Review: Salvation Boulevard (Sundance)
PLOT: Dan Day (Pierce Brosnan) is a charismatic pastor, and the head of a massive born-again Christian movement. Day’s got his hands in all sorts of schemes, including a major land deal for a controlled Christian community. The only fly in his ointment is the meddling of a local, atheist university professor, Dr. Paul Blaylock (Ed Harris) who openly mocks Day’s church, and challenges him to a series of debates. During a private meeting, Day accidently shoots Blaylock with one of the professor’s antique guns, and he tries to shift the blame to one of his devotees; a born-again Dead-head named Carl Vanderveer (Greg Kinnear), who’s wife Gwen (Jennifer Connelly) views Pastor Day as a new messiah.
REVIEW: SALVATION BOULEVARD has all the ingredients of a sure-fire satiric classic. It has a relevant plot; involving mega-churches as big-business, a hot cast including the first re-teaming of Pierce Brosnan and Greg Kinnear since the great THE MATADOR, and a young director, George Ratliff, who previously directed the acclaimed doc HELL HOUSE, and the Sundance hit JOSHUA.
Sure enough, for the first half hour of SALVATION BOULEVARD I thought I was watching a classic. Brosnan gives the latest in a series of incredible, radically un-James Bond-like performances as the charismatic, and possibly insane preacher. By the time Brosnan’s Day was convinced Satan was communicating with him though a re-run of LEGEND on satellite, I would have pegged this one of the finest films of the fest.
Sadly, things go downhill fast after this promising start. For some strange reason, the decision was made somewhere to make Kinnear’s bland Carl Vanderveer the protagonist, and to turn this into a light-mystery, which strikes me as a boneheaded move. I like Kinnear, and he can be startlingly effective in films as varied as FLASH OF GENIUS, THE MATADOR, and LITTLE MISS SUNSHINE, but he’s got nothing to work with here. For one thing, he strikes me as far too-straight-laced to be a guy who’s supposed to be an ex-wake n’bake pothead, Grateful Dead fanatic. Secondly, why bother making Kinnear’s bland character the protagonist when you have Pierce Brosnan giving the performance of his life as the unhinged Day. He should have been the lead, but alas… And don’t even get me started on Marissa Tomei, who’s utterly wasted in a tiny role as Carl’s minor love interest, another Dead-head, who works as a security guard at Blaylock’s university. It feels like most of her role ended up on the cutting room floor, which is a shame, as Tomei was actually quite funny during the brief time she was onscreen.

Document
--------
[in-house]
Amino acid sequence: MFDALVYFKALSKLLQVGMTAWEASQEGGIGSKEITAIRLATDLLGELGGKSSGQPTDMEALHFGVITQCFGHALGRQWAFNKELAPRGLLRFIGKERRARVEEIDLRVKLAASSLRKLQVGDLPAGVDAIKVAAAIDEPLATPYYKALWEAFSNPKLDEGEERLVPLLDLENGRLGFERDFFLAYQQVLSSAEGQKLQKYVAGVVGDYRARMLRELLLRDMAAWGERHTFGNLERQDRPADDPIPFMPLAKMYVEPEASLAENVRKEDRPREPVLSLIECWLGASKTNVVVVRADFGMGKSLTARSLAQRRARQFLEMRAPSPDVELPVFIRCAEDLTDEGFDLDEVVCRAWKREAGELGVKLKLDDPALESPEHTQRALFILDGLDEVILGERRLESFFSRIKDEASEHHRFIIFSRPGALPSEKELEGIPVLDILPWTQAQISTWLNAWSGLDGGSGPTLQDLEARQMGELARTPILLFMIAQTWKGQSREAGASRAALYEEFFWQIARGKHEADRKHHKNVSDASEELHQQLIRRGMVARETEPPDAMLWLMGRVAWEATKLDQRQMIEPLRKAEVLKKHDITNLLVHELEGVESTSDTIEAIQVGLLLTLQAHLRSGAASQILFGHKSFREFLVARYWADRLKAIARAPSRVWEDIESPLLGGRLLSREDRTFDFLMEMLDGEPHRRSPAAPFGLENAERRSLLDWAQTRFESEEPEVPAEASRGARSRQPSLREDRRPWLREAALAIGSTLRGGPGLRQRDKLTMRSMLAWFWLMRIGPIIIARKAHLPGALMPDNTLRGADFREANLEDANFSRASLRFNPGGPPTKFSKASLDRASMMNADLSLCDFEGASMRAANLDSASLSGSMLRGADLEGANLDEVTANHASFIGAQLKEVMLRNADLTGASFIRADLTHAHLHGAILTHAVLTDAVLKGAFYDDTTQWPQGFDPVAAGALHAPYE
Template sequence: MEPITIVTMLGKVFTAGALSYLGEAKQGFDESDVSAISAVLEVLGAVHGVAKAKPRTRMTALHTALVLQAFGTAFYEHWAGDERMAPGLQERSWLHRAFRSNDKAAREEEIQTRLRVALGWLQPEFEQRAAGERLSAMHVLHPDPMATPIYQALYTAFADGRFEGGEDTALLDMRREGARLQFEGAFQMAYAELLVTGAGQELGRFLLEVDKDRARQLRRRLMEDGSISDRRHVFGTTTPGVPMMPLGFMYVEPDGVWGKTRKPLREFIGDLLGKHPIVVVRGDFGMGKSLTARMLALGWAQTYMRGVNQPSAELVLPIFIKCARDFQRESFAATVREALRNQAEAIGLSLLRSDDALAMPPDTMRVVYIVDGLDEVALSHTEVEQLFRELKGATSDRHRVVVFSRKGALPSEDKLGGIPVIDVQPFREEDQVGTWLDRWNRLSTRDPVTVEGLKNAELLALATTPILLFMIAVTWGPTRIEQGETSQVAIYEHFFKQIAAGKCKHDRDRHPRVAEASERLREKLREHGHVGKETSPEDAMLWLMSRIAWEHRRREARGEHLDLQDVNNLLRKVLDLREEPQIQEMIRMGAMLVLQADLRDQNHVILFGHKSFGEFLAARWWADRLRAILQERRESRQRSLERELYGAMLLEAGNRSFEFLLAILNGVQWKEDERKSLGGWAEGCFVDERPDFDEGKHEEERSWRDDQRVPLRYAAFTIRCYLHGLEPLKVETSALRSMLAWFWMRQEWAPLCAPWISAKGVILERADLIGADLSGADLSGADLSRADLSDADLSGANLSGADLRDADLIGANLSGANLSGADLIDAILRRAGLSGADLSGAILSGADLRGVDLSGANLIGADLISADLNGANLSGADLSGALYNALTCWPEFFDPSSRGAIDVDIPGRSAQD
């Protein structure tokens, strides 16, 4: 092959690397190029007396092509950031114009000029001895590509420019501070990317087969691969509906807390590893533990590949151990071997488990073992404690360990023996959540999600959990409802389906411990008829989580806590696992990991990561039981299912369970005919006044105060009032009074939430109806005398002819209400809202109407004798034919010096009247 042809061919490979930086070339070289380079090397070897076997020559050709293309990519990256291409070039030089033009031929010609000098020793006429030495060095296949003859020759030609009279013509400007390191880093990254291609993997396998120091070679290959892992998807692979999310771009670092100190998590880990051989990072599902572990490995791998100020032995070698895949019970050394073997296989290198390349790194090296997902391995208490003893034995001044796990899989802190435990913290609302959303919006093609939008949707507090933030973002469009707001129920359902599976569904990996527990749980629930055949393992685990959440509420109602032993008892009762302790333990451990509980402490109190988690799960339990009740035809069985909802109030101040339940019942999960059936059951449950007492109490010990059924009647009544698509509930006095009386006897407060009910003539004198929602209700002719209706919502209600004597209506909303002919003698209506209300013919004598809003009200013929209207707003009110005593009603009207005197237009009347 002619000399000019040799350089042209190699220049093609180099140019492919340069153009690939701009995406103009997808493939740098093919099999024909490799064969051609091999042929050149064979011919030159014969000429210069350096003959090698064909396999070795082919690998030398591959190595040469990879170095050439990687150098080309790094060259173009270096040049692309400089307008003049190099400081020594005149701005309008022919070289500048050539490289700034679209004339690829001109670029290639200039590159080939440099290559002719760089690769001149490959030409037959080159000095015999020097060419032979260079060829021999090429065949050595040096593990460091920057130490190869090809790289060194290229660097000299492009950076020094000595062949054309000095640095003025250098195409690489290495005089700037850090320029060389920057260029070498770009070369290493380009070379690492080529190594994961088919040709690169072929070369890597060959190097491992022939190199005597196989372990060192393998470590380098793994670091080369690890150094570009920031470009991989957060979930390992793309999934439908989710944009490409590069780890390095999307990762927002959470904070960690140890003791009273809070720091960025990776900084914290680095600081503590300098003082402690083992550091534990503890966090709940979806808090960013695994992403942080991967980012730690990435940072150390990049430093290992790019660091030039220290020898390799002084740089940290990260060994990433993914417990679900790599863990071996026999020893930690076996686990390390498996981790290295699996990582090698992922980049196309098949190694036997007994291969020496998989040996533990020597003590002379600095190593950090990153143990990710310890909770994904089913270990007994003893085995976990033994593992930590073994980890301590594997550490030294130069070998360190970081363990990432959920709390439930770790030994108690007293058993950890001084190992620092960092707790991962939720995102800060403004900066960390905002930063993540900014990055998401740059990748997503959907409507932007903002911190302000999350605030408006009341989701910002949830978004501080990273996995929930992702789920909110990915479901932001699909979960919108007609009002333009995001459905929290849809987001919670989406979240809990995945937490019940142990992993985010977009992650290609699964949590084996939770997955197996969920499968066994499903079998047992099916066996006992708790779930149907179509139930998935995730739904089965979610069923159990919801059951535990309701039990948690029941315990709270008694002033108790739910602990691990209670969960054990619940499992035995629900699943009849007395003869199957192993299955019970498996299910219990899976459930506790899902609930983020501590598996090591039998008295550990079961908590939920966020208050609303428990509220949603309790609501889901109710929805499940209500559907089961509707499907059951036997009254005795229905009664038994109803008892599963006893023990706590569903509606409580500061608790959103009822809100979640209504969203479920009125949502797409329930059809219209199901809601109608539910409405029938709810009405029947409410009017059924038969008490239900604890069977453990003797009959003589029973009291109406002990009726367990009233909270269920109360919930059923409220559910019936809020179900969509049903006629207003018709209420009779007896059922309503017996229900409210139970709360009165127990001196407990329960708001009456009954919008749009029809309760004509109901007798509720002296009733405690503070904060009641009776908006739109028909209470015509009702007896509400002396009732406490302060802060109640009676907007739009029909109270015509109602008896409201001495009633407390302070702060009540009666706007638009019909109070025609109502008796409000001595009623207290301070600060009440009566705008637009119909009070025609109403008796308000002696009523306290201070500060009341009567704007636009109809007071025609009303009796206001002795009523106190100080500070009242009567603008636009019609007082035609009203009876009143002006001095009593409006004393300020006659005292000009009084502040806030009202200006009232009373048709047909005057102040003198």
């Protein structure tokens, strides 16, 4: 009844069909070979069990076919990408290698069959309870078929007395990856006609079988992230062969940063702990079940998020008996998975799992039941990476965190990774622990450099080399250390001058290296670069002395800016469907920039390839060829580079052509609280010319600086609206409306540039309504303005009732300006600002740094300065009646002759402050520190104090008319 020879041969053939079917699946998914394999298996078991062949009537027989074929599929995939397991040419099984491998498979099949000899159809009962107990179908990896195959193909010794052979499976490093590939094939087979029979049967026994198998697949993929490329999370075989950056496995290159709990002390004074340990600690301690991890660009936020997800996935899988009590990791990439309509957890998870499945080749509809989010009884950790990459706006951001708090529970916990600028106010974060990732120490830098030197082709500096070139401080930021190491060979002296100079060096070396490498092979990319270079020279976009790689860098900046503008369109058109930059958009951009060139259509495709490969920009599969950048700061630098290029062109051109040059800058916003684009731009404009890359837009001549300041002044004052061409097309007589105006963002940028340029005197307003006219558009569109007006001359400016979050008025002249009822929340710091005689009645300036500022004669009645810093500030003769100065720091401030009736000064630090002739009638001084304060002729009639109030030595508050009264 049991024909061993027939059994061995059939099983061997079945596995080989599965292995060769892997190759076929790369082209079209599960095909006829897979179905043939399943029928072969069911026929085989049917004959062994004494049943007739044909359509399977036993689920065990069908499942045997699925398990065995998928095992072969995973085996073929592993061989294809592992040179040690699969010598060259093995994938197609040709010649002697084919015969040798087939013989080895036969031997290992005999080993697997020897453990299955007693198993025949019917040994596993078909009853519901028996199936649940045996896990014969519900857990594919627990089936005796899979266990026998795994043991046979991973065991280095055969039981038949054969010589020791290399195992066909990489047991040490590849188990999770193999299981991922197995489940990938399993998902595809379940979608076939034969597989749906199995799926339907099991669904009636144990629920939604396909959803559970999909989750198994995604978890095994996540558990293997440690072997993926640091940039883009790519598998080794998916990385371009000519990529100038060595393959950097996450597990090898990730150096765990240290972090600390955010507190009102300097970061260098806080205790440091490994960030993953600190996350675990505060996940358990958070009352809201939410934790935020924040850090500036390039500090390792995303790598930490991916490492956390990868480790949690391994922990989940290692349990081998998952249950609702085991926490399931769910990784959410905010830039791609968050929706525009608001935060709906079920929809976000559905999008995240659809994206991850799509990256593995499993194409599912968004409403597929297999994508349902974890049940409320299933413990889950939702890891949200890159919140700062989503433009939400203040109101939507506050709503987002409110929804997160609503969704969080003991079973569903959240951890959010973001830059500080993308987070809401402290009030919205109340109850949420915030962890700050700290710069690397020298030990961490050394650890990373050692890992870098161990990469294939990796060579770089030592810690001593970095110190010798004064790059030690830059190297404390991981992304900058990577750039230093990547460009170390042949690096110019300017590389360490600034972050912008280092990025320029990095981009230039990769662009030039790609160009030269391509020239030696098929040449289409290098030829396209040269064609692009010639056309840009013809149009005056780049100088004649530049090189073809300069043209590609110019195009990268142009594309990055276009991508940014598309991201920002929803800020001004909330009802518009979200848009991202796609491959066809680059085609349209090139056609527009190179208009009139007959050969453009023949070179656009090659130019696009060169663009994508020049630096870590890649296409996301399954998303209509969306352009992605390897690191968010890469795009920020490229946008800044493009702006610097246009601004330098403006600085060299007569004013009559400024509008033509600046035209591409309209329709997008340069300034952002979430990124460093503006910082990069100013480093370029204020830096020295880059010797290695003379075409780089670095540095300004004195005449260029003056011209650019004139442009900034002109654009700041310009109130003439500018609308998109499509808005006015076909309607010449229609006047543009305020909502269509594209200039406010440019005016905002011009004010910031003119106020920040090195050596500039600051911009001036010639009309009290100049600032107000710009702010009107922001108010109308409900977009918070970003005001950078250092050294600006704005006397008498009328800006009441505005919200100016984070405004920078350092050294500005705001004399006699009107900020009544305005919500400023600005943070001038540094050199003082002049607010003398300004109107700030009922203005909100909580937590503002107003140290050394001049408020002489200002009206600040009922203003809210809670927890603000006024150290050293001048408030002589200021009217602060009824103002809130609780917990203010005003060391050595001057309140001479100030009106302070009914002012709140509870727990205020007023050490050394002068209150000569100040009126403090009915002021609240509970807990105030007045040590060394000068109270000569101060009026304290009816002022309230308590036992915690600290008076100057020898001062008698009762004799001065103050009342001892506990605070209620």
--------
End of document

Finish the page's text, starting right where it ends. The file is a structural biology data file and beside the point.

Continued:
Another major problem with the film is the abrupt ending, which feels like the producers simply ran out of money, and declined to film a conclusion. Rather, we get several detailed text screens informing us on the fates of our main characters, a device that strikes me as shockingly lazy.
For me, SALVATION BOULEVARD is one of the only truly disappointing films I saw at Sundance this year, as it had so much going for it. Sadly, all of its assets, including Brosnan’s brilliant performance, and a great comedic turn from Jennifer Connelly, are spoiled by the clumsy execution. A real missed opportunity.